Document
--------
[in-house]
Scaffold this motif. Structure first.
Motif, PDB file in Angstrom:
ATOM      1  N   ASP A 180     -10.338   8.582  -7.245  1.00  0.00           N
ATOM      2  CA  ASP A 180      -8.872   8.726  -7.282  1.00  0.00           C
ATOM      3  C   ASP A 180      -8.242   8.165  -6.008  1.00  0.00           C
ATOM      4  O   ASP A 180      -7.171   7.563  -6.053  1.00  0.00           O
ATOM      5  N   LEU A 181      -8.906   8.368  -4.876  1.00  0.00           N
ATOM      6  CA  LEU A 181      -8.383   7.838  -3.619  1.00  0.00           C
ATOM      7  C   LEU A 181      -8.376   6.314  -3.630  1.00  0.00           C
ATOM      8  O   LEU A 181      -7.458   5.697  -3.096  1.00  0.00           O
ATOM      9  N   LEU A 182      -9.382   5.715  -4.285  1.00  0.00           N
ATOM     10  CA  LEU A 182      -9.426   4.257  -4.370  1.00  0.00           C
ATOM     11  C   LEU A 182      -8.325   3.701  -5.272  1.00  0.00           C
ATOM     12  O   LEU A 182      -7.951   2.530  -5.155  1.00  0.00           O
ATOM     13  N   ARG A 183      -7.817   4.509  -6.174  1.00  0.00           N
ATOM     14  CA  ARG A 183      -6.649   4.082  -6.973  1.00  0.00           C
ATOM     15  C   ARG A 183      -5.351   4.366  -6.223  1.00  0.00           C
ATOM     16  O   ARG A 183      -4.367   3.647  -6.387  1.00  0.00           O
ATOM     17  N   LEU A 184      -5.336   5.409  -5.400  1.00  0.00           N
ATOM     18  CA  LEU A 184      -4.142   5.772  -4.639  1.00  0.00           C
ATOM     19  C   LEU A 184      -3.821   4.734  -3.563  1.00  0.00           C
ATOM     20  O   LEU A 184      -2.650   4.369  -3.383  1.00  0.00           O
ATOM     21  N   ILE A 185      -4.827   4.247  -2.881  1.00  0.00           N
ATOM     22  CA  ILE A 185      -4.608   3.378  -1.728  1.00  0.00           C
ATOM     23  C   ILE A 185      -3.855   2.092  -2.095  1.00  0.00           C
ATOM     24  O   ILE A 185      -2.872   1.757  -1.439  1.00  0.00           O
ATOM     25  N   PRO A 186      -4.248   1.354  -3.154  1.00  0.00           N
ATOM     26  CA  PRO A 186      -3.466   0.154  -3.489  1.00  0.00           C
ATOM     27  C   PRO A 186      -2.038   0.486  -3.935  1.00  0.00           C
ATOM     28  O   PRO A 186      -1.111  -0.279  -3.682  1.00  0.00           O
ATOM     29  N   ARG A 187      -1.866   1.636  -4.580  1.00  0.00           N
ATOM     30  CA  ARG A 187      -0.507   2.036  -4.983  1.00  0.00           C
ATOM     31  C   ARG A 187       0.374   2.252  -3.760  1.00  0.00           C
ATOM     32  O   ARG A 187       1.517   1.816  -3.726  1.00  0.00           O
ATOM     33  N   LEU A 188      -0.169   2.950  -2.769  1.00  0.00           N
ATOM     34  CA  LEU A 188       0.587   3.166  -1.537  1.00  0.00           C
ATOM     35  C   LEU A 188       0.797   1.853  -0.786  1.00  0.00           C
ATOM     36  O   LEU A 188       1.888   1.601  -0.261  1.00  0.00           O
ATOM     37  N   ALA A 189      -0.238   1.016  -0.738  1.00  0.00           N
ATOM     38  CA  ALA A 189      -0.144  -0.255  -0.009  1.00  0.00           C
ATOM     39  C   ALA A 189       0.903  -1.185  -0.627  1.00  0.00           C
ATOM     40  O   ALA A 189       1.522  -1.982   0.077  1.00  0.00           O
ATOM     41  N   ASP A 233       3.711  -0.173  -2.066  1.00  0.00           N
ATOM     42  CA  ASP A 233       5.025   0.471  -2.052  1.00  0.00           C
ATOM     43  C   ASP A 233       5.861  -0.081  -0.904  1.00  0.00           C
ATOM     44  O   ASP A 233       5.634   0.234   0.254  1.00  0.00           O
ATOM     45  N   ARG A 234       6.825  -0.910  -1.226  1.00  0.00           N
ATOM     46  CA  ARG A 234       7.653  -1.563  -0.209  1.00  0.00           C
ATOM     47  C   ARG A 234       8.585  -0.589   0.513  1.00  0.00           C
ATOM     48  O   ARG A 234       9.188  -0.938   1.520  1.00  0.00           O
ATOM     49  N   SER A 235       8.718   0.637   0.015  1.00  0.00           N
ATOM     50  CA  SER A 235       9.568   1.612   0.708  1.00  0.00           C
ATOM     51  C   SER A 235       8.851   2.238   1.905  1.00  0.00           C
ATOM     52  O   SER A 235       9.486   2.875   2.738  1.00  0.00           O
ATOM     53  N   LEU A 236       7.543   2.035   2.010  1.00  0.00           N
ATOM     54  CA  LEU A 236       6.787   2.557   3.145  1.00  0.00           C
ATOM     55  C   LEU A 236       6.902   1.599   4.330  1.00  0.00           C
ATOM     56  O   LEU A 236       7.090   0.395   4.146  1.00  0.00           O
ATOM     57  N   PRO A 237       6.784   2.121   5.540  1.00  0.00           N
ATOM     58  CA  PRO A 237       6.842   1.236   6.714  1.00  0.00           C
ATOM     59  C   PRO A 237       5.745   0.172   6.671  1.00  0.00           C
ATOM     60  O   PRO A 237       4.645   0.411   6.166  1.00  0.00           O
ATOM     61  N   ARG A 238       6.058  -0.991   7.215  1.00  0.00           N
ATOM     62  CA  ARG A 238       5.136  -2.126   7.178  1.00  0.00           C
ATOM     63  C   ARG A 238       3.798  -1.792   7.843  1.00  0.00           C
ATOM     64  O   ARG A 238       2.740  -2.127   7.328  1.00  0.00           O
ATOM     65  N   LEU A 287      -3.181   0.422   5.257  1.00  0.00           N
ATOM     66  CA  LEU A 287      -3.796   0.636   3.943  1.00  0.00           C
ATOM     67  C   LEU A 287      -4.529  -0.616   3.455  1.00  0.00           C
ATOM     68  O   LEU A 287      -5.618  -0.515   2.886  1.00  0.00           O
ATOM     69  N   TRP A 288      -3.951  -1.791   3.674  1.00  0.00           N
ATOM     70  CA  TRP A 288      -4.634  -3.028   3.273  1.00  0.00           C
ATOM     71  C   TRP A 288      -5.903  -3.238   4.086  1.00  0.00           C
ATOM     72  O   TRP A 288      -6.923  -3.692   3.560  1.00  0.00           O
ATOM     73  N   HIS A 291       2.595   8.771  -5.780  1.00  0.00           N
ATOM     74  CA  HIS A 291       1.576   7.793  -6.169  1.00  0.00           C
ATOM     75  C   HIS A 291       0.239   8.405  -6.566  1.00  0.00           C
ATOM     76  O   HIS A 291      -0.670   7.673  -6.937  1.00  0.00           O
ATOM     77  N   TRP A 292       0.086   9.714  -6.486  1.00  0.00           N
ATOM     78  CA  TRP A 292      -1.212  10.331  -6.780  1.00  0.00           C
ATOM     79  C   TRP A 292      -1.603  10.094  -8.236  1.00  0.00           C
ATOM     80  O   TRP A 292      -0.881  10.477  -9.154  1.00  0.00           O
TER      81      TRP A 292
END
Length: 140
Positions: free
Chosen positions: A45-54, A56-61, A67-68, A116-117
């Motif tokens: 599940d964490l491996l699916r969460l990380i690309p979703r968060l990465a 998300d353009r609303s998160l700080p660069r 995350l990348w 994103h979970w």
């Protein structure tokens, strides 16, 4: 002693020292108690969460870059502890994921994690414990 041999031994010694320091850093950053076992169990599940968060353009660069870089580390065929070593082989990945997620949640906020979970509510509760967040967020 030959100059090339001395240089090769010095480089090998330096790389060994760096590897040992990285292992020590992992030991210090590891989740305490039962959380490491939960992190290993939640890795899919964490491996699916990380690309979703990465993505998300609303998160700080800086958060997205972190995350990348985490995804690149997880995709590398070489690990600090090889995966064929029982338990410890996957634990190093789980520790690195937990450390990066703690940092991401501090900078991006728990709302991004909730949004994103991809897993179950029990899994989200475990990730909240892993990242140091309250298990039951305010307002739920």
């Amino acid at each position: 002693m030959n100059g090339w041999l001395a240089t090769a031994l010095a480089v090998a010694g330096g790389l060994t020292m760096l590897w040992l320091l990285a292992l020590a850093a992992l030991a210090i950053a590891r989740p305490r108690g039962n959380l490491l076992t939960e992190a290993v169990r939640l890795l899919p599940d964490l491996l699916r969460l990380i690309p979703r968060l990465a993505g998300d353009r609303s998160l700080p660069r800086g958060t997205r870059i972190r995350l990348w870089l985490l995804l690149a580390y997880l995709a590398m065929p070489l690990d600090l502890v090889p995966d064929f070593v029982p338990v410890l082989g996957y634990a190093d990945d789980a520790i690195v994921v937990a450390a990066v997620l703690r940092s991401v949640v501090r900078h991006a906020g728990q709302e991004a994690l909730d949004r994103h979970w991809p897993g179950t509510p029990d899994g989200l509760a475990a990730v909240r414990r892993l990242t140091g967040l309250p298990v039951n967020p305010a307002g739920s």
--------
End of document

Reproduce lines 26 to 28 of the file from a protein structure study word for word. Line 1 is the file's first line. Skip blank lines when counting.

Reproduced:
ATOM     23  C   ILE A 185      -3.855   2.092  -2.095  1.00  0.00           C
ATOM     24  O   ILE A 185      -2.872   1.757  -1.439  1.00  0.00           O
ATOM     25  N   PRO A 186      -4.248   1.354  -3.154  1.00  0.00           N